by: Todd Submitoff
Getting a new furnace can be a difficult task. When it comes to furnaces there are several different types of systems and options to choose between. While a good contractor will help you find the right furnace you also want to do your own research to make sure you are making an informed decision.
The Annual Fuel Utilization Efficiency or AFUE is used to rate most furnaces. The AFUE measures how much heat is delivered to your house in comparison to the amount of fuel that you need to give to the furnace. For example, an 80% AFUE rating means that 80% of the fuel you supply is used for heat while the other 20% is lost through the chimney. However, the AFUE will only tell you the fuel efficiency of the furnace and not the electrical usage.
As of January 1, 1992, the US Department of Energy determined that all furnaces need to have a minimum of 78% AFUE to be sold in the United States. Most furnaces have an AFUE rating of 80%, but high efficiency furnaces can have an AFUE as high as 90%. If you live in cold weather, areas the higher the percent rating the more money you save during cold winter months.
Choosing a Location
When choosing where to place your furnace the area in which you live plays a major role. For those in colder regions the best option is a gas or oil furnace or boiler. For those in a warmer region it may be a better choice to use a gas furnace or heat pump. If you don't have a gas or oil service where you live then you may need to choose an electric heating system such as electric furnaces or heat pumps. If gas is available, but you home doesn't have it then you may want to talk with a plumber about installing a gas line. Although if electric costs are cheap in your area then an electrical system can be a better choice. The best form of advice is to talk with a reputable HVAC contractor in your area. However, because of the low cost in most areas a natural gas furnace or boiler can be a good idea.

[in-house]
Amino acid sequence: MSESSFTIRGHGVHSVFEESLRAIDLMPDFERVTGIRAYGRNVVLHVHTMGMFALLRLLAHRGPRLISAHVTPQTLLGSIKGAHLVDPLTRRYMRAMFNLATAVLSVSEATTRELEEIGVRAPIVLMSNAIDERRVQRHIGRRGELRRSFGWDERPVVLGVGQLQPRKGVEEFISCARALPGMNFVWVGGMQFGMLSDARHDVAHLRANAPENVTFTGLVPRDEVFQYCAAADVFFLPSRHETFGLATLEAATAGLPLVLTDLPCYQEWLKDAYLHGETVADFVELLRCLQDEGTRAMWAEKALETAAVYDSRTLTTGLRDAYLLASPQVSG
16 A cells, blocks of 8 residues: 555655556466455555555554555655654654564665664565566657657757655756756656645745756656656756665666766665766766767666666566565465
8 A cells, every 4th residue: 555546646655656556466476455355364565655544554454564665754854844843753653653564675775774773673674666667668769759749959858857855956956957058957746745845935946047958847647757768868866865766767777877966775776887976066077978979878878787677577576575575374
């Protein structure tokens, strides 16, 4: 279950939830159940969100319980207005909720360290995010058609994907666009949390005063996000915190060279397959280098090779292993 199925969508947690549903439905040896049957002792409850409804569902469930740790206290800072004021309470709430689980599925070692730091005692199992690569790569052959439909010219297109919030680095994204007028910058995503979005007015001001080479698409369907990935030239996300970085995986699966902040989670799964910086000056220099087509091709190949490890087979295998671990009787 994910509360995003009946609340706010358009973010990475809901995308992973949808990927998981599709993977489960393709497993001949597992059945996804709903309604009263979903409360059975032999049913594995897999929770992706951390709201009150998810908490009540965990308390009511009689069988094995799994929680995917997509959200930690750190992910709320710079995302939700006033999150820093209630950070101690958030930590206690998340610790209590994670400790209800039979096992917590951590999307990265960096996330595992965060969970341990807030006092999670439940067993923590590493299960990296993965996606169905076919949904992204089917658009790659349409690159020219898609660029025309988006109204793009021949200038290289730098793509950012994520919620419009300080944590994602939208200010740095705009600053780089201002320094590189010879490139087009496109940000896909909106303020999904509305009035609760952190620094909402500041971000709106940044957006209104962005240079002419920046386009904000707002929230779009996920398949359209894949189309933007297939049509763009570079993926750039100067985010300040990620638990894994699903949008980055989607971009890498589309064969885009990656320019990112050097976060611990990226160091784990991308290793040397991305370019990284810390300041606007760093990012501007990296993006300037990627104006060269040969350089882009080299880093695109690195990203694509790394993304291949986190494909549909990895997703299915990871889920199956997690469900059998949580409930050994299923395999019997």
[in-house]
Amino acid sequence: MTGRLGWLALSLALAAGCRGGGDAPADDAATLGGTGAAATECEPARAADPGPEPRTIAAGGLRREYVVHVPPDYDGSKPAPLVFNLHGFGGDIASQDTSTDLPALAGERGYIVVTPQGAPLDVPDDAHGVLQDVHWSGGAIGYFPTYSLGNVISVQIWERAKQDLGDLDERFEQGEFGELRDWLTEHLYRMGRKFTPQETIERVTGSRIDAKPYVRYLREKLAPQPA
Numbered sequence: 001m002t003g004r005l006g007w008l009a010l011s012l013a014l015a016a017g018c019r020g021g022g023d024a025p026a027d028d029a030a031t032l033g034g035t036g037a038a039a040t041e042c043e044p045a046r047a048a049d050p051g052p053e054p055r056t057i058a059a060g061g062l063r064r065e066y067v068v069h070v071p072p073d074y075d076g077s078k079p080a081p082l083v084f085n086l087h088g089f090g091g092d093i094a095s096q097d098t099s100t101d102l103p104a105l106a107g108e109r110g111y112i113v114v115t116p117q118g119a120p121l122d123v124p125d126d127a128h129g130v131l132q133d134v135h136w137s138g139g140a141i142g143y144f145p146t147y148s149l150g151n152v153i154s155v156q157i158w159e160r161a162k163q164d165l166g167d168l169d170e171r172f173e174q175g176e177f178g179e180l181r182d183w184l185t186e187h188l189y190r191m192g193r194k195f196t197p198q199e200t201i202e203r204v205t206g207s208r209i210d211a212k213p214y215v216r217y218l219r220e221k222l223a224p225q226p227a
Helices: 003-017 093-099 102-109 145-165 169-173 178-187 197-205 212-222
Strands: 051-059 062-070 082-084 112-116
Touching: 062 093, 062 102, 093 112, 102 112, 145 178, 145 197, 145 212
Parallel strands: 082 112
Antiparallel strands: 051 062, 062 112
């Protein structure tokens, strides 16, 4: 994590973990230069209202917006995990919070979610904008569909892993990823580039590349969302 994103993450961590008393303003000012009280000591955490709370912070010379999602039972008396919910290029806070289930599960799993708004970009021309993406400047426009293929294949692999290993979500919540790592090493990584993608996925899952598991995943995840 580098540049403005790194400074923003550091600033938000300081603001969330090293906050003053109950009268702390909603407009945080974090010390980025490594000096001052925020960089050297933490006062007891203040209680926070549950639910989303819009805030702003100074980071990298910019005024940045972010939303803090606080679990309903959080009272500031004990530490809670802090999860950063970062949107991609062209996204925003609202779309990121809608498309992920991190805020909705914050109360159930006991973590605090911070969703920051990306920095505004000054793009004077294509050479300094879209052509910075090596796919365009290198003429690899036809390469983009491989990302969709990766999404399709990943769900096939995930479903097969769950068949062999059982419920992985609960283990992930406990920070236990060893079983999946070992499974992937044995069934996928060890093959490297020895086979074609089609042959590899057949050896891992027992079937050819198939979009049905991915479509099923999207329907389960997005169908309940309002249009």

When it comes to gas furnaces the most expensive and important part is the heat exchanger. Typically, a separate parts warrantee covers this part. This warranty typically covers five years, but some can be as high as ten to twenty years.
Choosing a Thermostat
If you aren't home during certain parts of the day, it can be a good idea to consider getting a programmable thermostat. This way you can set your unit to a low temperature when you aren't home and then have the house return to a comfortable temperature at a certain time before you arrive home. This also allows you to set temperatures different for when you are asleep and when you are awake. Many programmable thermostats can be set by the week so you can easily program it for specific days when you are home and those days that you aren't home.
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